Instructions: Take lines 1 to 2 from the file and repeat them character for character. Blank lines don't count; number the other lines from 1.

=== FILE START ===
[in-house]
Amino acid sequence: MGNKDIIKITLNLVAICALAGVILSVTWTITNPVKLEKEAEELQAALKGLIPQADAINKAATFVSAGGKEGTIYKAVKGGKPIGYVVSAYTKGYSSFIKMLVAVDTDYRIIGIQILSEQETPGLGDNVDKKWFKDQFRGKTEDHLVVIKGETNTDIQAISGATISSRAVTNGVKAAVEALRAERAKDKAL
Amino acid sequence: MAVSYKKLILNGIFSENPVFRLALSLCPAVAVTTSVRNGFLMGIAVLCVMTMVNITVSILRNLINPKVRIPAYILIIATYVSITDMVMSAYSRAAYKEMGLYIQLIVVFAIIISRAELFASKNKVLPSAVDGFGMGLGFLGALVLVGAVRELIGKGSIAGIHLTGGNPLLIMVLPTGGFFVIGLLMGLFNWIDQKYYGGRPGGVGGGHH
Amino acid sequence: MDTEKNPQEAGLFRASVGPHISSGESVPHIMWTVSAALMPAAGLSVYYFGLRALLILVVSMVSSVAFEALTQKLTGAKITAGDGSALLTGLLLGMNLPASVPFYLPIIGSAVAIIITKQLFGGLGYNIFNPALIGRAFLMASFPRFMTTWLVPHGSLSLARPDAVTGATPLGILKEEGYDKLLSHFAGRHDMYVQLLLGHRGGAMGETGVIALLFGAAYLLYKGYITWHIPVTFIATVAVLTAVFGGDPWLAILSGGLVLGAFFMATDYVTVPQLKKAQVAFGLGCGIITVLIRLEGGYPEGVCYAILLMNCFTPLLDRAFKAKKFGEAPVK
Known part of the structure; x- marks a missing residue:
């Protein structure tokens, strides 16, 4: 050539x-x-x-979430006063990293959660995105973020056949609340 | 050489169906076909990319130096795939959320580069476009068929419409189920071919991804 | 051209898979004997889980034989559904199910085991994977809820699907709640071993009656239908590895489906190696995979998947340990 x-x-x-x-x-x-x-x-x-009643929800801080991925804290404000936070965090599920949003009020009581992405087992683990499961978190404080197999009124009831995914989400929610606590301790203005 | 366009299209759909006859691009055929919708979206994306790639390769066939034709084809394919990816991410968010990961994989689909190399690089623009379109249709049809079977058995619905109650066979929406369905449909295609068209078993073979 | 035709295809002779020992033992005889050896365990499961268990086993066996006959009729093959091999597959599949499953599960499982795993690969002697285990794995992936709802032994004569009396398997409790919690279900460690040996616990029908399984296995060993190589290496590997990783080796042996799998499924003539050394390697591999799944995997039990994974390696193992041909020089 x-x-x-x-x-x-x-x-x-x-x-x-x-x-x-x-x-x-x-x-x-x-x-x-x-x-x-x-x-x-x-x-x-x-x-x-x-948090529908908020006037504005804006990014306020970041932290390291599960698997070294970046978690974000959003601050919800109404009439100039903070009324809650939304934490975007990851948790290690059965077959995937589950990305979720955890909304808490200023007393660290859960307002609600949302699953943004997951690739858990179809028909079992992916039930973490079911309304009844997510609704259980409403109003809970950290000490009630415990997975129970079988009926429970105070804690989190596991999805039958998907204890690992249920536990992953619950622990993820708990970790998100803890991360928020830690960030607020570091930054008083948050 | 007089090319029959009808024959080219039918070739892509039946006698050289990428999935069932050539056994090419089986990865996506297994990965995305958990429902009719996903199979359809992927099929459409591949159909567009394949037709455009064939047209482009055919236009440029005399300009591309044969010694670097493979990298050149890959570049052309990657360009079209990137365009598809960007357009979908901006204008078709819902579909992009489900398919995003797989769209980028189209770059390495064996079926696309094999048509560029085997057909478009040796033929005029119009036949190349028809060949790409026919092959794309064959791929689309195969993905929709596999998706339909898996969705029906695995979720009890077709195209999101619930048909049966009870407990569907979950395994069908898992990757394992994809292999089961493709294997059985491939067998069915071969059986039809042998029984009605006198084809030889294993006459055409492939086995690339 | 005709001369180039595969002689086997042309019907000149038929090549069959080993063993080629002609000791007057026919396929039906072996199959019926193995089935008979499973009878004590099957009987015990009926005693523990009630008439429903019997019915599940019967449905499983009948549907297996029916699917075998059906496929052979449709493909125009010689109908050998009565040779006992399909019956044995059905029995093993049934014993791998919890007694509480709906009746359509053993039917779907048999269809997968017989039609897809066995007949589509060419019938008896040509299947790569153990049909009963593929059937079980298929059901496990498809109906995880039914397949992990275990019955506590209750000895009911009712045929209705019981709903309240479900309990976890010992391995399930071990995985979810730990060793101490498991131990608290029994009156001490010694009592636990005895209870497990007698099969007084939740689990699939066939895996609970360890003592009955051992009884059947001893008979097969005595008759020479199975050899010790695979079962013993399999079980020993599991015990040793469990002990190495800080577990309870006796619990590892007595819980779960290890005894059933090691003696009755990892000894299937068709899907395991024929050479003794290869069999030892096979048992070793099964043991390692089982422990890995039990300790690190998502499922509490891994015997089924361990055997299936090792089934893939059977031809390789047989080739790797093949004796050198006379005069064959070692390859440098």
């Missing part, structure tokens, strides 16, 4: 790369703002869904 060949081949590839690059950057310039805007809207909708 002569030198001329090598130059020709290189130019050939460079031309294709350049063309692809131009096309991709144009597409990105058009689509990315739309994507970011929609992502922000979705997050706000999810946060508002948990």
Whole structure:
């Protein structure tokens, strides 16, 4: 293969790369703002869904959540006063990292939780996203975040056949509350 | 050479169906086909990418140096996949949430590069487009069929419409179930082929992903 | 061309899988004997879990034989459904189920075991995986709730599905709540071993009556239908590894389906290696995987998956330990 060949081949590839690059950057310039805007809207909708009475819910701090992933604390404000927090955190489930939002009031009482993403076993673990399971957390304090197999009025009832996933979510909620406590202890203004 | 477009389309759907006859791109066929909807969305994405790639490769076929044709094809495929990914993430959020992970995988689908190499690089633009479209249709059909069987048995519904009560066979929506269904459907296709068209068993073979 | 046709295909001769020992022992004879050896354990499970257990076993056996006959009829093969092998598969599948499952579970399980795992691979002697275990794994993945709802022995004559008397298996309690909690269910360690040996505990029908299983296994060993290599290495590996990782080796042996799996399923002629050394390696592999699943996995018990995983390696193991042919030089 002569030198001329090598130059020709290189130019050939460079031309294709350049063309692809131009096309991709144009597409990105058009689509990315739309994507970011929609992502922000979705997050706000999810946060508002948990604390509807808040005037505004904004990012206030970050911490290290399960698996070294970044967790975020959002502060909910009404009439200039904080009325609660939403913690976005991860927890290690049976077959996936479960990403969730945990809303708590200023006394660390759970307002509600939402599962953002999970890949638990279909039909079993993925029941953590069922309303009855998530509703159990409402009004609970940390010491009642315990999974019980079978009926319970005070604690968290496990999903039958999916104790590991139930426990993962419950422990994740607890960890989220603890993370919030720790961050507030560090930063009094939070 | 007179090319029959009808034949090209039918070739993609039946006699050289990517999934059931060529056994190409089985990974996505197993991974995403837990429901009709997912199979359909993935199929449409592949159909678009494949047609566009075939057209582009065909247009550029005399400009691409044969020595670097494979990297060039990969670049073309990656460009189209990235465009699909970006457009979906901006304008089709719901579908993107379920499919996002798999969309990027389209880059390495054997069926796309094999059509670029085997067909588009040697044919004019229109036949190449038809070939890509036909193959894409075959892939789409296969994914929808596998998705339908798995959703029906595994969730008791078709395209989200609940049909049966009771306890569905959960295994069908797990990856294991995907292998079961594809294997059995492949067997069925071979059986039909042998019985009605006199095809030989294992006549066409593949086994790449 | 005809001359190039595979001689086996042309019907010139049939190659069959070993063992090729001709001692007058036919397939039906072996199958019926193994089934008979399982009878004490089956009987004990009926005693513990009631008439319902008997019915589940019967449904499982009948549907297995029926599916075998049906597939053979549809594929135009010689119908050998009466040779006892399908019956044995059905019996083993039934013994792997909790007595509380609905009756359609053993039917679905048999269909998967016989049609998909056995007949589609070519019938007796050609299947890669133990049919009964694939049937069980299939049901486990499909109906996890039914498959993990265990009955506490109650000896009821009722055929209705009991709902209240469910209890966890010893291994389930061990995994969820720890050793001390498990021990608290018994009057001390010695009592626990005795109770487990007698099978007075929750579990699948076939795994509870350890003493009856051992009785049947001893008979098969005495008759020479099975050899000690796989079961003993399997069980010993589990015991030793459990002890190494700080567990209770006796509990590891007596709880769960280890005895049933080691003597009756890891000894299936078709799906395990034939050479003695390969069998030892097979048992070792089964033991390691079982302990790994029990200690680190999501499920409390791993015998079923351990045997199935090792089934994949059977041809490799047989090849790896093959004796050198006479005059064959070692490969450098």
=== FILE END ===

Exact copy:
[in-house]
Amino acid sequence: MGNKDIIKITLNLVAICALAGVILSVTWTITNPVKLEKEAEELQAALKGLIPQADAINKAATFVSAGGKEGTIYKAVKGGKPIGYVVSAYTKGYSSFIKMLVAVDTDYRIIGIQILSEQETPGLGDNVDKKWFKDQFRGKTEDHLVVIKGETNTDIQAISGATISSRAVTNGVKAAVEALRAERAKDKAL